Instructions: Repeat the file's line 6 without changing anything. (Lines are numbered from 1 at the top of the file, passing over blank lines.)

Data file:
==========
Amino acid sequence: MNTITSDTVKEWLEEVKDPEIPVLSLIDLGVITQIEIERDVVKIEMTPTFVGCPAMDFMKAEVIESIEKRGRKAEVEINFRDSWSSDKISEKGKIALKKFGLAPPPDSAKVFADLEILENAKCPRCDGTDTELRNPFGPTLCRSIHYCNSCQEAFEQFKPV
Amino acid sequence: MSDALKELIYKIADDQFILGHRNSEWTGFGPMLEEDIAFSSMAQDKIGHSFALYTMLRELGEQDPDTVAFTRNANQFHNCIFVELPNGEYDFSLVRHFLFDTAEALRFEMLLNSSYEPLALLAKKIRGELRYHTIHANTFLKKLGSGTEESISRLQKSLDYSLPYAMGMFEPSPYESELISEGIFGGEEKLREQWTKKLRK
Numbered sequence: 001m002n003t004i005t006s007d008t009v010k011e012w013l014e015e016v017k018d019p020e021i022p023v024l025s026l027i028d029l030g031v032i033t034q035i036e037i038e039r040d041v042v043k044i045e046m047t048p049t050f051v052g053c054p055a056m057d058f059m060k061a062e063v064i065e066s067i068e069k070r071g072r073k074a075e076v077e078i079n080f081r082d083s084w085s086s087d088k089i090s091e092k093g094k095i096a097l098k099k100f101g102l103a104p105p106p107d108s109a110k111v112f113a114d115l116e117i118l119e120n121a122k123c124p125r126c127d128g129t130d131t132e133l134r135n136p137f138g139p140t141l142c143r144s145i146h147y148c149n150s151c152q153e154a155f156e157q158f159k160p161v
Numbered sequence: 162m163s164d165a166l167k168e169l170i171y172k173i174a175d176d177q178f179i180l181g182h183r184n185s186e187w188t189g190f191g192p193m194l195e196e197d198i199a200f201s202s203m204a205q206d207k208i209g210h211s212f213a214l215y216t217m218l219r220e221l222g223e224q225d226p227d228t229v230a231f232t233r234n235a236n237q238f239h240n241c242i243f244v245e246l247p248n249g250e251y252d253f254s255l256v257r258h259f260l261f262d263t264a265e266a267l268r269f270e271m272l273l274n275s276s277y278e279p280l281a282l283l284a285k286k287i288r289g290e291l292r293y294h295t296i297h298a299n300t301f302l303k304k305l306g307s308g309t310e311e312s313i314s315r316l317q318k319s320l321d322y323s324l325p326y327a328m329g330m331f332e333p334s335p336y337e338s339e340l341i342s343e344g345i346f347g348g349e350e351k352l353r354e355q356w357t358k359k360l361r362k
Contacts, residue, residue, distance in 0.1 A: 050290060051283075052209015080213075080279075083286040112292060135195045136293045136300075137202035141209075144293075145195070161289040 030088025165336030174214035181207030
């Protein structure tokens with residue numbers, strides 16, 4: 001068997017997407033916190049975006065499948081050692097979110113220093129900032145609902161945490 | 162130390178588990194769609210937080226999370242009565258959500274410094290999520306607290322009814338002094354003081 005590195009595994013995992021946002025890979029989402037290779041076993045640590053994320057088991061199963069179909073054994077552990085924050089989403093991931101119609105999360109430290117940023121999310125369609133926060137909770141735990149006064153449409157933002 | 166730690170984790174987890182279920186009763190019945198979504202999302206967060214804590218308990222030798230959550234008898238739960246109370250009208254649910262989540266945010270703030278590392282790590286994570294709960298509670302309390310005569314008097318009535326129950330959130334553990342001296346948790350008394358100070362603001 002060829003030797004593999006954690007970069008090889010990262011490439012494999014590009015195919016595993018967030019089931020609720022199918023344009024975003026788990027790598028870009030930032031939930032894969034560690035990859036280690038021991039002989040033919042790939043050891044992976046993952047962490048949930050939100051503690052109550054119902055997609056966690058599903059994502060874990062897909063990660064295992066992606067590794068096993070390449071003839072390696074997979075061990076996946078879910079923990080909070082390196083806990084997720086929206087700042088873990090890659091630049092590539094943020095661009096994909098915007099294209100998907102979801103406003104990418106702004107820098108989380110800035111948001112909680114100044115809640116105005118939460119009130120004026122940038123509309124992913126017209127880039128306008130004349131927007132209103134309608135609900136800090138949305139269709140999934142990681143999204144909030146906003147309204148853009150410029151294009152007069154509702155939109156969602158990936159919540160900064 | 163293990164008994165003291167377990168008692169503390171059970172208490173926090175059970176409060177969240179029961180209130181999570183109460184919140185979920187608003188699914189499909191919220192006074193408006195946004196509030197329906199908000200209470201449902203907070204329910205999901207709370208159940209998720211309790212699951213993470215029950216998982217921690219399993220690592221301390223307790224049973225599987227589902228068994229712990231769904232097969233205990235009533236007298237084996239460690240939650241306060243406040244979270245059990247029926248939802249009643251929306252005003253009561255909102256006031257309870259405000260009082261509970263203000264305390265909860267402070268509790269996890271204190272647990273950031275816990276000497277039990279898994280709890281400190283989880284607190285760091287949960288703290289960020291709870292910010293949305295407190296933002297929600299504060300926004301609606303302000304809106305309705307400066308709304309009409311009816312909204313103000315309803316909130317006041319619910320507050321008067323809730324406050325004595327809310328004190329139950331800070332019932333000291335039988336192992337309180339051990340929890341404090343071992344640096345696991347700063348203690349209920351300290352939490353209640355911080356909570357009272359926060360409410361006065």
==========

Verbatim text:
């Protein structure tokens with residue numbers, strides 16, 4: 001068997017997407033916190049975006065499948081050692097979110113220093129900032145609902161945490 | 162130390178588990194769609210937080226999370242009565258959500274410094290999520306607290322009814338002094354003081 005590195009595994013995992021946002025890979029989402037290779041076993045640590053994320057088991061199963069179909073054994077552990085924050089989403093991931101119609105999360109430290117940023121999310125369609133926060137909770141735990149006064153449409157933002 | 166730690170984790174987890182279920186009763190019945198979504202999302206967060214804590218308990222030798230959550234008898238739960246109370250009208254649910262989540266945010270703030278590392282790590286994570294709960298509670302309390310005569314008097318009535326129950330959130334553990342001296346948790350008394358100070362603001 002060829003030797004593999006954690007970069008090889010990262011490439012494999014590009015195919016595993018967030019089931020609720022199918023344009024975003026788990027790598028870009030930032031939930032894969034560690035990859036280690038021991039002989040033919042790939043050891044992976046993952047962490048949930050939100051503690052109550054119902055997609056966690058599903059994502060874990062897909063990660064295992066992606067590794068096993070390449071003839072390696074997979075061990076996946078879910079923990080909070082390196083806990084997720086929206087700042088873990090890659091630049092590539094943020095661009096994909098915007099294209100998907102979801103406003104990418106702004107820098108989380110800035111948001112909680114100044115809640116105005118939460119009130120004026122940038123509309124992913126017209127880039128306008130004349131927007132209103134309608135609900136800090138949305139269709140999934142990681143999204144909030146906003147309204148853009150410029151294009152007069154509702155939109156969602158990936159919540160900064 | 163293990164008994165003291167377990168008692169503390171059970172208490173926090175059970176409060177969240179029961180209130181999570183109460184919140185979920187608003188699914189499909191919220192006074193408006195946004196509030197329906199908000200209470201449902203907070204329910205999901207709370208159940209998720211309790212699951213993470215029950216998982217921690219399993220690592221301390223307790224049973225599987227589902228068994229712990231769904232097969233205990235009533236007298237084996239460690240939650241306060243406040244979270245059990247029926248939802249009643251929306252005003253009561255909102256006031257309870259405000260009082261509970263203000264305390265909860267402070268509790269996890271204190272647990273950031275816990276000497277039990279898994280709890281400190283989880284607190285760091287949960288703290289960020291709870292910010293949305295407190296933002297929600299504060300926004301609606303302000304809106305309705307400066308709304309009409311009816312909204313103000315309803316909130317006041319619910320507050321008067323809730324406050325004595327809310328004190329139950331800070332019932333000291335039988336192992337309180339051990340929890341404090343071992344640096345696991347700063348203690349209920351300290352939490353209640355911080356909570357009272359926060360409410361006065």